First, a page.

YouTube VR Finally Comes to PC

  • Ben Lang

Bringing the Platform’s 360 Videos to Vive, Rift, and Windows VR

It’s been a long while coming, but Google has finally launched a YouTube VR app on PC.
The app is now available on Steam, officially for the Vive (but also functional with Rift and Windows VR headsets). Google expects YouTube VR to remain in Early Access through 2018 as they continue to develop it based on feedback.

As one of the largest video content libraries on the planet, demand for being able to watch YouTube content in a VR headset has been understandably strong. Google however hung onto YouTube (seemingly in a strategic move) for itself, launching the first official YouTube VR app for the company’s Daydream platform in 2016 (and notably keeping it from competitor Gear VR).

At the beginning of 2017, PlayStation VR was the first tethered headset to see an official YouTube VR app, but it isn’t until now at the very end of the year that YouTube VR has come to Vive, Rift, and Windows VR via Steam. The app, which is free (and Google says will remain so), allows users to watch any YouTube video, 360 or otherwise (including stereoscopic video).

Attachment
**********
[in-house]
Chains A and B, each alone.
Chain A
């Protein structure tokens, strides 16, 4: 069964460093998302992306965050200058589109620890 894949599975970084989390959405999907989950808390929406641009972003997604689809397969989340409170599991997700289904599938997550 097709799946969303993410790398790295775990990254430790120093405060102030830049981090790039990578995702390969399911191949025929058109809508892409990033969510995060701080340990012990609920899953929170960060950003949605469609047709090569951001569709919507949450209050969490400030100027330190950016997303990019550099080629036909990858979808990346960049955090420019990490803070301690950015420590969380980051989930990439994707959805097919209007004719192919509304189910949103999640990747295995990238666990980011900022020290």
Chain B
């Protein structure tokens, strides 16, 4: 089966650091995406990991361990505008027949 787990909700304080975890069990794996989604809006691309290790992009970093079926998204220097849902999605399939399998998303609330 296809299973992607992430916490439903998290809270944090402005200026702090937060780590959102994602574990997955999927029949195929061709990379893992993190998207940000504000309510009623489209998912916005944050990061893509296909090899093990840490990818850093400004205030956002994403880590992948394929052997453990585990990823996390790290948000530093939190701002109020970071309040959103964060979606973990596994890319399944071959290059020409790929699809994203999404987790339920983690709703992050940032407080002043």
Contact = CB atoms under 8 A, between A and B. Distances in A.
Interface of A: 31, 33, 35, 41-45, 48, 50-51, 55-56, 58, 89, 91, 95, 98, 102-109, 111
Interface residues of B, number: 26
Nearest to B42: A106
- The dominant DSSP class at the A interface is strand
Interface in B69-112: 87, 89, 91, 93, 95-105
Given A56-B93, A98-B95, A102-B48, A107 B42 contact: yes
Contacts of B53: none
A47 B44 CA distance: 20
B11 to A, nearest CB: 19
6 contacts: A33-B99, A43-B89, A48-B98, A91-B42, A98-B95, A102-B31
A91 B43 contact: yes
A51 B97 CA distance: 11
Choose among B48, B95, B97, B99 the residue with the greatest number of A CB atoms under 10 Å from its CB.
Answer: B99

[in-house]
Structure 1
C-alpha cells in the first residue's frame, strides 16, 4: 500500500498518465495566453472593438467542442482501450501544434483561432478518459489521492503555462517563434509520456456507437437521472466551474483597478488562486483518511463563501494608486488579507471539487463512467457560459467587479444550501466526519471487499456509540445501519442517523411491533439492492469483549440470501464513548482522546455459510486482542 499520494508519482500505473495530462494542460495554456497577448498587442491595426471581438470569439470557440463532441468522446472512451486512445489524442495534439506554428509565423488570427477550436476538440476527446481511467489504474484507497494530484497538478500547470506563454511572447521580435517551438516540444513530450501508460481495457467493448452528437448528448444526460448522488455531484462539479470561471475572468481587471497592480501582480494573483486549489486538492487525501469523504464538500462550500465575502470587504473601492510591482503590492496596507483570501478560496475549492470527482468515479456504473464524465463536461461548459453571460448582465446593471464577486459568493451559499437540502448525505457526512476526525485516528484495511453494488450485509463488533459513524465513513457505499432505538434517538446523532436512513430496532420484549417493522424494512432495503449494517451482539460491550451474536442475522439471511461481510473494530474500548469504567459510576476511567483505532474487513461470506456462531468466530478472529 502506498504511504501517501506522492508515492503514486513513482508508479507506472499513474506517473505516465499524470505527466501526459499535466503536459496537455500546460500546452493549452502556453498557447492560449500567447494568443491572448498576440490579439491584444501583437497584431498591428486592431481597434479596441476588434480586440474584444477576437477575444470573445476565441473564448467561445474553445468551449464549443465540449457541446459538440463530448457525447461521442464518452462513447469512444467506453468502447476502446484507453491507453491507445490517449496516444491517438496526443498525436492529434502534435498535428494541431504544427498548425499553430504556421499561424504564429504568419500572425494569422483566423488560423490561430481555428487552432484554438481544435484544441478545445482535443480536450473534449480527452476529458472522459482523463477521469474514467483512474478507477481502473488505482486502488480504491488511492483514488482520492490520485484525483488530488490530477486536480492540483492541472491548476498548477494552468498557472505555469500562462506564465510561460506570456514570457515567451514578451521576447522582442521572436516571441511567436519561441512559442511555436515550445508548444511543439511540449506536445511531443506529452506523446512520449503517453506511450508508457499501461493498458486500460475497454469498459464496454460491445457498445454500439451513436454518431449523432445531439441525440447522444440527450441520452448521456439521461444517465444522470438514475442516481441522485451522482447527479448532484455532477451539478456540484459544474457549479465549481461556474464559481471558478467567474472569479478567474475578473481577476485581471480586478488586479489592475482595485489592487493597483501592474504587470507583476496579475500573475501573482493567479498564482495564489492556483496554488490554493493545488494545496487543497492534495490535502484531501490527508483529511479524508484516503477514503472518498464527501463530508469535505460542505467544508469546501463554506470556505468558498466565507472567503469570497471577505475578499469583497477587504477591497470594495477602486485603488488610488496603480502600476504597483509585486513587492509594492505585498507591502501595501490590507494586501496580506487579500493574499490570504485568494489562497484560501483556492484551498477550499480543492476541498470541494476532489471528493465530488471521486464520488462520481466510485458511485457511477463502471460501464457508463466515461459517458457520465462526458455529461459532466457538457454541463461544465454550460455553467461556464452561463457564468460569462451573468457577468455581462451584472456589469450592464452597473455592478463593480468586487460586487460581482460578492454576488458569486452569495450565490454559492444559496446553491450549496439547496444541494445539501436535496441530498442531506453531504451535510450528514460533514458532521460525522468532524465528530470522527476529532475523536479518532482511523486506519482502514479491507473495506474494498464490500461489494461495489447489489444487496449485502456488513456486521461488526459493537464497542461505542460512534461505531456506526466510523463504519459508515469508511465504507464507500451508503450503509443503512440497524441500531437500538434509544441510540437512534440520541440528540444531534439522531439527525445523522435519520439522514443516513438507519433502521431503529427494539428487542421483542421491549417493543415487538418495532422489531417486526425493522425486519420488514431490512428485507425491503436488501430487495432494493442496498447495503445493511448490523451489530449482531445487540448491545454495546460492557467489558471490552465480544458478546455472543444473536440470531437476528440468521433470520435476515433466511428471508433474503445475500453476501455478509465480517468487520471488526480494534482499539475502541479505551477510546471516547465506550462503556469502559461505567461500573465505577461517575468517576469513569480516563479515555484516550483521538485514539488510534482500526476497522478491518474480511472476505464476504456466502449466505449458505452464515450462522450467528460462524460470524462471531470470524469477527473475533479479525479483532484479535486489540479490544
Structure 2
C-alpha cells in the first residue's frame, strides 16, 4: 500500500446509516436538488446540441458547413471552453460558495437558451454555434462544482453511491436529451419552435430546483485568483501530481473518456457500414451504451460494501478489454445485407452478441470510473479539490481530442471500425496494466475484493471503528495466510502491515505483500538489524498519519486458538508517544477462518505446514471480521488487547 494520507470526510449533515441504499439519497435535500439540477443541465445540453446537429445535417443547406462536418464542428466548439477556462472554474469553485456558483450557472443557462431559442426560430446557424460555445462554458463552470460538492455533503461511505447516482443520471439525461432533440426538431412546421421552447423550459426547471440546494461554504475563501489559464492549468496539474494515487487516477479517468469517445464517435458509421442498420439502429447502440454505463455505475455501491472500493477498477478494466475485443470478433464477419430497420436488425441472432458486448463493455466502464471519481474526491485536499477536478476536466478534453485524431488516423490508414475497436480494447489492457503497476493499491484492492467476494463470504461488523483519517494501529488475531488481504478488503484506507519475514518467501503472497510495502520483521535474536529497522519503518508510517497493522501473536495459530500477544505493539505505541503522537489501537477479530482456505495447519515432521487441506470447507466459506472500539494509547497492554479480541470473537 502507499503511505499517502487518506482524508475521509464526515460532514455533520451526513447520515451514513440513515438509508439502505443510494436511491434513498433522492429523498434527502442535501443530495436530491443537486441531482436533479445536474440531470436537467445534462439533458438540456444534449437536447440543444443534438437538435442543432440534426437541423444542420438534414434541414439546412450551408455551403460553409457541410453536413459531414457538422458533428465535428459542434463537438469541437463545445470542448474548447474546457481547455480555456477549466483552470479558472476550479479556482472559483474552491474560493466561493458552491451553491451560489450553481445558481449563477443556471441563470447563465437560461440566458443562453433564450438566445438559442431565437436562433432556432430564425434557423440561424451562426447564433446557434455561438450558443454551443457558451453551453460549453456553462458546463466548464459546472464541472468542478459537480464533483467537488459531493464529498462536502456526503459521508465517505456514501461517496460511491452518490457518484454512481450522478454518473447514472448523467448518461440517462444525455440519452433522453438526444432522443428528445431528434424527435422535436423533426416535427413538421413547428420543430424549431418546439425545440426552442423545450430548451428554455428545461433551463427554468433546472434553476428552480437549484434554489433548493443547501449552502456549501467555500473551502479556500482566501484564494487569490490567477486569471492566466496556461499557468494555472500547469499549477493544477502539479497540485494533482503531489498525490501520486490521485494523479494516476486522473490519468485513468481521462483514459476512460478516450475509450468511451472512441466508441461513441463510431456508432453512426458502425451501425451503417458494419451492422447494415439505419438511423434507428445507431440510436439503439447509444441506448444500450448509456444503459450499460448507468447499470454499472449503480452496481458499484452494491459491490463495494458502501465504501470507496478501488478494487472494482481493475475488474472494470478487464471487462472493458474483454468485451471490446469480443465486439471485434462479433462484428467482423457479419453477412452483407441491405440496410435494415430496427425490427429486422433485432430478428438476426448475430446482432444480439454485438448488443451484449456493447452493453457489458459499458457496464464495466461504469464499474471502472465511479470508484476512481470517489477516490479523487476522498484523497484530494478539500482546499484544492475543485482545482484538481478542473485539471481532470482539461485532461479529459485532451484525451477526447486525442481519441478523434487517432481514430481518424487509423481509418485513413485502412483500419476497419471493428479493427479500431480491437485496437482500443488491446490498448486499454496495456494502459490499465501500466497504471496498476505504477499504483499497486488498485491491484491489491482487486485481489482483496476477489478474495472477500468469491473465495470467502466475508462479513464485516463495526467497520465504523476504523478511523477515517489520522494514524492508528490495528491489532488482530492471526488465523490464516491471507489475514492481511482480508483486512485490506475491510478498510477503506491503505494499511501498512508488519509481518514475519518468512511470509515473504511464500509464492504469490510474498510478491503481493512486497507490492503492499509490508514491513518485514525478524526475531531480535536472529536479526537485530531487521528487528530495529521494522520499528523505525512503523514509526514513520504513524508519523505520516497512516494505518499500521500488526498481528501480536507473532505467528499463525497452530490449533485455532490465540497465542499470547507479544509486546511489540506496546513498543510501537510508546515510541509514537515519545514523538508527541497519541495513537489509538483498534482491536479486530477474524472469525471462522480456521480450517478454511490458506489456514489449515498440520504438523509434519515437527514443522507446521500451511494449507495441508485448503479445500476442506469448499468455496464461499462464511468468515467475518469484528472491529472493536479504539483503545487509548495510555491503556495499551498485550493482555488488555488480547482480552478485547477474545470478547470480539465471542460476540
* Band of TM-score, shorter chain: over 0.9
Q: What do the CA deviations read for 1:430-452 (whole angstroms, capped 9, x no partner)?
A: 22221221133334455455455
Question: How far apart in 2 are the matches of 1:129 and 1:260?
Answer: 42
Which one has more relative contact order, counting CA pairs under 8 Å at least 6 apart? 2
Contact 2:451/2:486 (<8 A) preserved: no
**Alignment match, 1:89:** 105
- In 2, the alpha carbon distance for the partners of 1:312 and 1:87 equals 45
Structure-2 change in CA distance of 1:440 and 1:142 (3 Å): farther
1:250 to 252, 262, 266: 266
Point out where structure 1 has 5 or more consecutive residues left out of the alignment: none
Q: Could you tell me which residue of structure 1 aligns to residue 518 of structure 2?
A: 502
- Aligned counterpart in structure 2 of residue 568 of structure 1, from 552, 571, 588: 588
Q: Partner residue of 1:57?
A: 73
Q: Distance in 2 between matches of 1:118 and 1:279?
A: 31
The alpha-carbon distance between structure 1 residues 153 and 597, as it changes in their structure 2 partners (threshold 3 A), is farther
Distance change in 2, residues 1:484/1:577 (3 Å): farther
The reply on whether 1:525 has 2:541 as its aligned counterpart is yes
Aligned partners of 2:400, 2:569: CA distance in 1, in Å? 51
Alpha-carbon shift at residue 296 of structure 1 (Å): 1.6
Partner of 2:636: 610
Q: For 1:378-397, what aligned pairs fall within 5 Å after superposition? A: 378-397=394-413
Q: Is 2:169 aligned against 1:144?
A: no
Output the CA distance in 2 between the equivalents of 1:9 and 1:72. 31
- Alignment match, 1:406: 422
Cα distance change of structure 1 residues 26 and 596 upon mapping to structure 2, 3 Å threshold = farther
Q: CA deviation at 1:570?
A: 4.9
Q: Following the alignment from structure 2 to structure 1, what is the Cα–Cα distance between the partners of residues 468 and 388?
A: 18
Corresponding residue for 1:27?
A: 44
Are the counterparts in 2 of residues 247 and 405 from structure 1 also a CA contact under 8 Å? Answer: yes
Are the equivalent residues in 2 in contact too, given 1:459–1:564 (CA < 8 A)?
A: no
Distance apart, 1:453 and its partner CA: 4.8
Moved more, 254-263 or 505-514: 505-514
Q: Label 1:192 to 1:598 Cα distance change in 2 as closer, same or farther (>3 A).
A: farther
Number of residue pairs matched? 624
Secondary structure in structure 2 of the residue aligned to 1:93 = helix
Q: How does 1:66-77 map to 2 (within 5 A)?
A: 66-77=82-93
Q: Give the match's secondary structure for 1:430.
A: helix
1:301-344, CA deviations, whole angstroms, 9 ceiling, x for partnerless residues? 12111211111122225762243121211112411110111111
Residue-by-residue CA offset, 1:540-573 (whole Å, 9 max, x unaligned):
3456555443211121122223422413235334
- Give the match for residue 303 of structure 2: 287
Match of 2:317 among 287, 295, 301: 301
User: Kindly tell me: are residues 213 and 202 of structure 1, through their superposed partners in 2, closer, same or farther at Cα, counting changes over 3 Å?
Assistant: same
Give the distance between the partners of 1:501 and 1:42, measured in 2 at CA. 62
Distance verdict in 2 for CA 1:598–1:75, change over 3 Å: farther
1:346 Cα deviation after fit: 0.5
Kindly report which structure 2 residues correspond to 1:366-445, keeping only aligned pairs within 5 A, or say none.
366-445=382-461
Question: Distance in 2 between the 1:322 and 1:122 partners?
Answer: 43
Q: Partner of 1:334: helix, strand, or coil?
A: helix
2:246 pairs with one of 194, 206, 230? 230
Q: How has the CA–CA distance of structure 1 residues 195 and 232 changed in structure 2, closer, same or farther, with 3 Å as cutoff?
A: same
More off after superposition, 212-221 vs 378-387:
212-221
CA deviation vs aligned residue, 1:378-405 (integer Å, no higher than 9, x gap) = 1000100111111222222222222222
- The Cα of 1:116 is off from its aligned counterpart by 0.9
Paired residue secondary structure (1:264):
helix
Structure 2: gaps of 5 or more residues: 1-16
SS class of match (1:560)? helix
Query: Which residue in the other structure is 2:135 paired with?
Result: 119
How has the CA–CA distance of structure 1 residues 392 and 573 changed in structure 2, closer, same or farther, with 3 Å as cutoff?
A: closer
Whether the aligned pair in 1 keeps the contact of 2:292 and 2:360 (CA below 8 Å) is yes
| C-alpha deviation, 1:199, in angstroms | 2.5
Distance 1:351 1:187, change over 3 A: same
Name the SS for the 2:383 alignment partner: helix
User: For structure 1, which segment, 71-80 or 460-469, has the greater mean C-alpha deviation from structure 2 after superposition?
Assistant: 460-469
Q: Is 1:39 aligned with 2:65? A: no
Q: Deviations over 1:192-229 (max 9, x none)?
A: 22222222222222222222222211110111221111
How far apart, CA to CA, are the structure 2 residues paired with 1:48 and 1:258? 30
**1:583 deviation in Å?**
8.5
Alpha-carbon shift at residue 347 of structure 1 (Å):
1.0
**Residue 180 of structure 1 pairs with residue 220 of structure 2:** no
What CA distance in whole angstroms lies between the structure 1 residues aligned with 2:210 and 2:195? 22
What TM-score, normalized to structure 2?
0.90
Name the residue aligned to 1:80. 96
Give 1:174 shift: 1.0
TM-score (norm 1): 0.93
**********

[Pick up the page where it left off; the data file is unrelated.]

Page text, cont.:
For Vive and Rift users interested in watching some of the interesting 360 video content out there, it’s been frustrating to either need to download a bespoke app for each video, use an unofficial workaround, or simply not have any way of accessing the content at all. As one of the largest 360 video libraries around today, the YouTube VR app on PC will hopefully mean much broader and more seamless access to 360 content across headsets. Gear VR is still left out in the rain for now, as far as an official YouTube VR app goes, but at least users can access and watch content from YouTube.com via the headset’s web browser.

VR has put Google in a curious place; the company—which is famously web and mobile-first—has now launched a number of PC applications in an effort to forge a path as a pioneer in the VR space. Though Google is also very involved with the development of WebVR, the launch of YouTube VR on Steam suggests the company didn’t feel WebVR was yet mature enough to support the experience they wanted to create.

It took a while, but YouTube VR on PC was largely inevitable. Google may have played things close to the vest for some time, but ultimately the company’s play with YouTube has been to make its content available to the widest group of people as possible; the move is also sensible to support Google’s growing efforts to equip creators with the skills and equipment to shoot 360 content, like the Jump Start program. (source)